In the aftermath of the recession, cities across the country are building strong foundations to support institutions and modern companies that collaborate with startups and entrepreneurs to spur growth and new ideas. These innovation districts are being integrated into the urban landscape, rather than stand alone on tech campuses or suburban research silos.
What Is An Innovation District
According to the Brookings Institute, innovation districts are “geographic areas where anchor research institutions and thriving businesses take root and connect with startups, business incubators and accelerators.” The districts are compact, dense and easily accessible via public transit. Those involved in the districts are typically technically-wired and interspersed between mixed-use housing developments and retail space.
The Brookings Institute’s latest study on innovation districts revealed them popping up in major metropolitan areas across the country. Not only do innovation districts create a link between research, business and entrepreneurs, but also spur productivity, sustainable economic development and collaboration. They enable researchers, companies and startups to share resources and inspiration to produce more discoveries in numerous markets.
What They Offer
Not only do innovation districts encourage new ideas in business, but also public services and facilities to accommodate the new population – such as bike lanes and kickstarter campaigns. Innovation districts are defined by their economic, physical and networking assets that, when combined, accelerate commercialization and idea growth:
- Economic assets: Firms, institutions and organizations that are innovation drivers, cultivators or neighborhood-building amenities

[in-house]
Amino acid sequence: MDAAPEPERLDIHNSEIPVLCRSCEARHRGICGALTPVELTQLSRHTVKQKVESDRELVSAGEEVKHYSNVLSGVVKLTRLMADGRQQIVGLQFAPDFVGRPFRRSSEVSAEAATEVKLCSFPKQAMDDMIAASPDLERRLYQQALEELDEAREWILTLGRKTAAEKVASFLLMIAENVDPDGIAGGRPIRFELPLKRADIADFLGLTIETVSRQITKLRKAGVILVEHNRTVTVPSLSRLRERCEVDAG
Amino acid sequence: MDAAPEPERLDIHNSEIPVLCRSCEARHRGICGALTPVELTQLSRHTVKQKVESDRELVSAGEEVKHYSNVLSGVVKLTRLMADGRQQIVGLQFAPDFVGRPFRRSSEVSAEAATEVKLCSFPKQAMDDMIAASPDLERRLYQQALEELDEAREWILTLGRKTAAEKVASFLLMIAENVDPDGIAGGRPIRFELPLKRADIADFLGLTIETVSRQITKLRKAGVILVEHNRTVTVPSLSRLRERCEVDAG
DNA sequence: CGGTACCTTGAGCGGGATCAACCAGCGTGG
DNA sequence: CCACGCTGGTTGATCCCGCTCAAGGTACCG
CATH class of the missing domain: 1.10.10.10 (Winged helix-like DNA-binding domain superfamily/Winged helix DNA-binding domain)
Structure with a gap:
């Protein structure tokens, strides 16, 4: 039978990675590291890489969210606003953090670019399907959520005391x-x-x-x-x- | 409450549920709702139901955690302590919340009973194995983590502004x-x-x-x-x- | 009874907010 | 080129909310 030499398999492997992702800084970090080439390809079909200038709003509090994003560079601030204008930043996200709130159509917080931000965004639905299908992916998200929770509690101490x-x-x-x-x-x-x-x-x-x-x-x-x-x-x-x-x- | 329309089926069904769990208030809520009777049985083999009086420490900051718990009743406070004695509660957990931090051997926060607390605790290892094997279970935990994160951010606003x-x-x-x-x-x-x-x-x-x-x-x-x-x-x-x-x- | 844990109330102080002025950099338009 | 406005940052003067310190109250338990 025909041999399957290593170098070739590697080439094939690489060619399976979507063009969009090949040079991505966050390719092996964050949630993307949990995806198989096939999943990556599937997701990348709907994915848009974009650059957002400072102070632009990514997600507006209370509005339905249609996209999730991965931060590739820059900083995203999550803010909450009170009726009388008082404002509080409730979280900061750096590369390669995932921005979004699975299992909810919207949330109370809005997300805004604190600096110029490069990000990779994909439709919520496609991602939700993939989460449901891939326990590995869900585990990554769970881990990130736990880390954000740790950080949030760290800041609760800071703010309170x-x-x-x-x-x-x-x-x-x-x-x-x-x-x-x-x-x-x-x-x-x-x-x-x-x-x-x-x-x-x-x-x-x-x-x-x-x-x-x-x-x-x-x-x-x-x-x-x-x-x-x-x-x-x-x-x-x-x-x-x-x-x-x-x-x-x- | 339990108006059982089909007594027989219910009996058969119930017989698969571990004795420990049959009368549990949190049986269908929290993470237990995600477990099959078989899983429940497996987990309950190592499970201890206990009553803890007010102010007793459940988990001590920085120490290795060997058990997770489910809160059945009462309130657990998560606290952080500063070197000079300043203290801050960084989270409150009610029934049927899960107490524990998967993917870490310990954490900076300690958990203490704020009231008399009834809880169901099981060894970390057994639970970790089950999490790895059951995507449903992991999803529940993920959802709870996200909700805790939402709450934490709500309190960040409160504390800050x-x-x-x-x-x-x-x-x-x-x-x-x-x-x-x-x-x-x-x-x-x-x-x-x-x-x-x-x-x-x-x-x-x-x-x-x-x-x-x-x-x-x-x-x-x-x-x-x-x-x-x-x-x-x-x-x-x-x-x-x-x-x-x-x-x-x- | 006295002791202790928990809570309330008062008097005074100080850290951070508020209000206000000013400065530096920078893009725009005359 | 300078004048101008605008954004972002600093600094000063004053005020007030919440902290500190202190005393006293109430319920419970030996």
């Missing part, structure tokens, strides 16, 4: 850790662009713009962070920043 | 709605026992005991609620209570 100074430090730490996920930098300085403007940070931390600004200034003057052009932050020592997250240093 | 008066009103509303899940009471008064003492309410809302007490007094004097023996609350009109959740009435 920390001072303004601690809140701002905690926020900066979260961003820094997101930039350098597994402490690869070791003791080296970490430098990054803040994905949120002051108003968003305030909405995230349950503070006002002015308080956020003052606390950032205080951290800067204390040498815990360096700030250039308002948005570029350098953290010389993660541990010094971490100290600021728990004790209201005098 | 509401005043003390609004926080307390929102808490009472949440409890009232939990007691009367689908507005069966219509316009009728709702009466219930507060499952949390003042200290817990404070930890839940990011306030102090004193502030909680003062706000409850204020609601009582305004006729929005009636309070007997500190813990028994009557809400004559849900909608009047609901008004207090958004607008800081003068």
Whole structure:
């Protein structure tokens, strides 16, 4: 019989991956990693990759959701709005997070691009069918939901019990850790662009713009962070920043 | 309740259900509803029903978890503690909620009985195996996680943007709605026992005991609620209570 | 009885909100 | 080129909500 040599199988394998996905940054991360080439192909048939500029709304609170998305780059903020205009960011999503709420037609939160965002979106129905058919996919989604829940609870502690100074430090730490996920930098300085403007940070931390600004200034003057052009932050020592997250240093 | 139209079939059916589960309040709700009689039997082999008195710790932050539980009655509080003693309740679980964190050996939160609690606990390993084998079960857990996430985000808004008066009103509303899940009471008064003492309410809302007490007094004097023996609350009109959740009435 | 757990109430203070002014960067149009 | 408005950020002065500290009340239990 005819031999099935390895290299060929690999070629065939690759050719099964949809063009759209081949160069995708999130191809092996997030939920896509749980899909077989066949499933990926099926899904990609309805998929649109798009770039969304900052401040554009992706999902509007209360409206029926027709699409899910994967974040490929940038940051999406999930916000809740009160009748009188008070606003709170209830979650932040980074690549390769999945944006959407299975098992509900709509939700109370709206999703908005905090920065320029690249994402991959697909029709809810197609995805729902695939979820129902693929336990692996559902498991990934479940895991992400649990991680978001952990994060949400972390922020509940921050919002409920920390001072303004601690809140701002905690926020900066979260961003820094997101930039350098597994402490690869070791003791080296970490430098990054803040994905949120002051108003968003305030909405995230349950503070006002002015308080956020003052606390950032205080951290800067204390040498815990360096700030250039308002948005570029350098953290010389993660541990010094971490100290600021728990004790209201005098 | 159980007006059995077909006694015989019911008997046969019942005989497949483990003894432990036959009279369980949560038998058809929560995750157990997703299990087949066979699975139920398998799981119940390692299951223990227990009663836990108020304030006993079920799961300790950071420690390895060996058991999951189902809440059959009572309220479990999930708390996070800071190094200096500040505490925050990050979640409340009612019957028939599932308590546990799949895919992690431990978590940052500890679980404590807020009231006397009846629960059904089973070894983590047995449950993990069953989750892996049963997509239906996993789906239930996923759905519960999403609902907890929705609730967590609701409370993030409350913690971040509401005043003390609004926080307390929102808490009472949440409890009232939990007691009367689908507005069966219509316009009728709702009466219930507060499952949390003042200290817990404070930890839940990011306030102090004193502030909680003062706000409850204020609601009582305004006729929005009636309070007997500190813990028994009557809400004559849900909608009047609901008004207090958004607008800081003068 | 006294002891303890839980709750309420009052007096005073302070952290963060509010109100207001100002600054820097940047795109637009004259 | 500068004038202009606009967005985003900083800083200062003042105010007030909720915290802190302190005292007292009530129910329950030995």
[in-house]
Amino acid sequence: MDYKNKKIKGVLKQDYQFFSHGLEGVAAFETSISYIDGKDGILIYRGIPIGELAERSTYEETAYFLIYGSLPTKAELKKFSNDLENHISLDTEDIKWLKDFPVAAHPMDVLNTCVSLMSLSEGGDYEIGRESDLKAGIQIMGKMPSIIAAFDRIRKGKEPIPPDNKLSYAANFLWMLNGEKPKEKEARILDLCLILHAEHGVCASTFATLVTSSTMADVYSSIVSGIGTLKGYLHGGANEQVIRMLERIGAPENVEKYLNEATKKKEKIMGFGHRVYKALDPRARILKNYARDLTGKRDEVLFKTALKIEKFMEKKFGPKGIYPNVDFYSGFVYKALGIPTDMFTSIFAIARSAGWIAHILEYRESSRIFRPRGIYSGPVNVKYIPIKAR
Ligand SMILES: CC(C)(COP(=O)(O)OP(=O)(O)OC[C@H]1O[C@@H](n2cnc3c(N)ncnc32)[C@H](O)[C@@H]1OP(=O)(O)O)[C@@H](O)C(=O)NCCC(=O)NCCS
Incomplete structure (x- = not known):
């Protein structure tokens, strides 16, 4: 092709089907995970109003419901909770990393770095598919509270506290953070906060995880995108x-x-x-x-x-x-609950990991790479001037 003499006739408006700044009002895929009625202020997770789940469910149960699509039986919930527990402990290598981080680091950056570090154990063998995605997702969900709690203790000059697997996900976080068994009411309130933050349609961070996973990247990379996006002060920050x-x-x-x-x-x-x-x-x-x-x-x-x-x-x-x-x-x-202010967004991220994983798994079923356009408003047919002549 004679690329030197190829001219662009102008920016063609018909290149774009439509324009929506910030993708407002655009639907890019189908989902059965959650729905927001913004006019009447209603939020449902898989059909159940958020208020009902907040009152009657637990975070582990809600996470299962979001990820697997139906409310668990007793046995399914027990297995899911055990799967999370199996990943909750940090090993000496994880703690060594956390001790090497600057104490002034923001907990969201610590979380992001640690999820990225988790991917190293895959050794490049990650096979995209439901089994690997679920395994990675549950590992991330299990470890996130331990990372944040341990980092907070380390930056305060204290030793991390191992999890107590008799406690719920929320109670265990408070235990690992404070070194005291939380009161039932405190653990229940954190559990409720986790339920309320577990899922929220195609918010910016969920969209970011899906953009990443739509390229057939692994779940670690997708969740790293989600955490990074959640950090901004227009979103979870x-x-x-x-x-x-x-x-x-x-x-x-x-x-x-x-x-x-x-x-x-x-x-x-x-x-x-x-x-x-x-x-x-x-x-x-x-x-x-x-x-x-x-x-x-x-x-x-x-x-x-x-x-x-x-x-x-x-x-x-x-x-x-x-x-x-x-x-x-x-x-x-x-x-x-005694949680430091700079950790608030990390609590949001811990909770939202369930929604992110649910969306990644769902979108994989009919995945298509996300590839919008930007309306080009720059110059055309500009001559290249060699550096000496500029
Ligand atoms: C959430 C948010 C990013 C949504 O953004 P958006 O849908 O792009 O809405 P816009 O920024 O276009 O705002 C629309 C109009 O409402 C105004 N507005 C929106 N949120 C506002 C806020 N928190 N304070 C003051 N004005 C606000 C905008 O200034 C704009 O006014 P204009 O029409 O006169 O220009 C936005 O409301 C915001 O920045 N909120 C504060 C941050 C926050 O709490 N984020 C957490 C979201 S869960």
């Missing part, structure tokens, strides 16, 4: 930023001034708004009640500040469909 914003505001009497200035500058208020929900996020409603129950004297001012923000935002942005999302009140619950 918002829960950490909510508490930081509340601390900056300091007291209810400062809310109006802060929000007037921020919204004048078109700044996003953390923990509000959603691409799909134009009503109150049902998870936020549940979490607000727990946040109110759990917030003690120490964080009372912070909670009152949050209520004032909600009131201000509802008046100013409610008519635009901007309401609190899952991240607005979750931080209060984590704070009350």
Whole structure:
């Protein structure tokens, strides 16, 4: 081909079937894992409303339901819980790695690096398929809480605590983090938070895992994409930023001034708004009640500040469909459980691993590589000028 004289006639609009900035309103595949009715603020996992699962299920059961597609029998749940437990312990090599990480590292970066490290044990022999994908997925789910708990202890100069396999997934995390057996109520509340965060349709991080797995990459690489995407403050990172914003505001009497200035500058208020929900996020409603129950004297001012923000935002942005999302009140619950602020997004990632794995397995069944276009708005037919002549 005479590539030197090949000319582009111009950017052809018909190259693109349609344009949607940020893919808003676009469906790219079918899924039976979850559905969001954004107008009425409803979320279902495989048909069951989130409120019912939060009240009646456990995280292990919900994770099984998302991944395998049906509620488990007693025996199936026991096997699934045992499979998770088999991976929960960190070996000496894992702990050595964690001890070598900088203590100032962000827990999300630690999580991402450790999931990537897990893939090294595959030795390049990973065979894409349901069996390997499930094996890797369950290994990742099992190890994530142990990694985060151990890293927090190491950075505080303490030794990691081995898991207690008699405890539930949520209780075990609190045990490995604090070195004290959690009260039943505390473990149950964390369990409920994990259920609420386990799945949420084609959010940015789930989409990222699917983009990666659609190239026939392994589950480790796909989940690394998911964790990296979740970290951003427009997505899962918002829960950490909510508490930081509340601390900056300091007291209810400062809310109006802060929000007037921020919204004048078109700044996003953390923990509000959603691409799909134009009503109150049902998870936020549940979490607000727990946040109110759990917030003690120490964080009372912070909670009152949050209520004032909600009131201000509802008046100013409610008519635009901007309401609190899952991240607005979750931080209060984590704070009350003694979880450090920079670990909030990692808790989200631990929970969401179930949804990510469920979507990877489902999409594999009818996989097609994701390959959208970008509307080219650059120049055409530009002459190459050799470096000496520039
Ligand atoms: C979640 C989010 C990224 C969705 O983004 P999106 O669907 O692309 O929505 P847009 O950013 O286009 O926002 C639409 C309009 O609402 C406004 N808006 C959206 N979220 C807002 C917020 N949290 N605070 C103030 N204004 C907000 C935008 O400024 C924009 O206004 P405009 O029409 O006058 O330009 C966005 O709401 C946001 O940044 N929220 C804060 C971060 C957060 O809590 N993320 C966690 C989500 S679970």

- Physical assets: Public or private pen spaces, infrastructure or streets designed to stimulate connectivity and growth
- Networking assets: Relationships between individuals, firms and institutions to accelerate idea growth and cross-industry collaboration
Unlike tech hubs of the past, innovation districts are strategically located in dense, urban settings with a variety of access points via public or personal transportation. Major cities nurturing innovation districts are investing in dense urbanization that combine mixed-use housing with commercial and retail space in a distinct district.
How To Build One
The Brookings Institute report identified five best practices for municipalities interested in growing an innovation district:
- Build a collaborative leadership network
Look to leaders from institutions, firms and influential sectors to create a collaborative environment between research, business and government.
- Set a vision for growth
Set growth goals with best practices for the short, medium and long term, clearing defining economic, physical and social dimensions. Play off the unique strengths of the players involved.
- Pursue talent and technology
Attract and retain talent by integrating technology with innovative organizations and sustainable amenities.
- Promote inclusive growth
Use the innovation district to promote growth and advancement in nearby neighborhoods with special consideration for low-income residents, education opportunities and jobs growth to support the district.
- Enhance access to capital
Support research, commercialization, urbanization, education, entrepreneurialism and training facilities with financial support in the short and long term.
Several major cities such as Boston and Seattle have reported significant success in growing innovation districts, which go beyond technology startups and support projects such as urban farming and clean energy.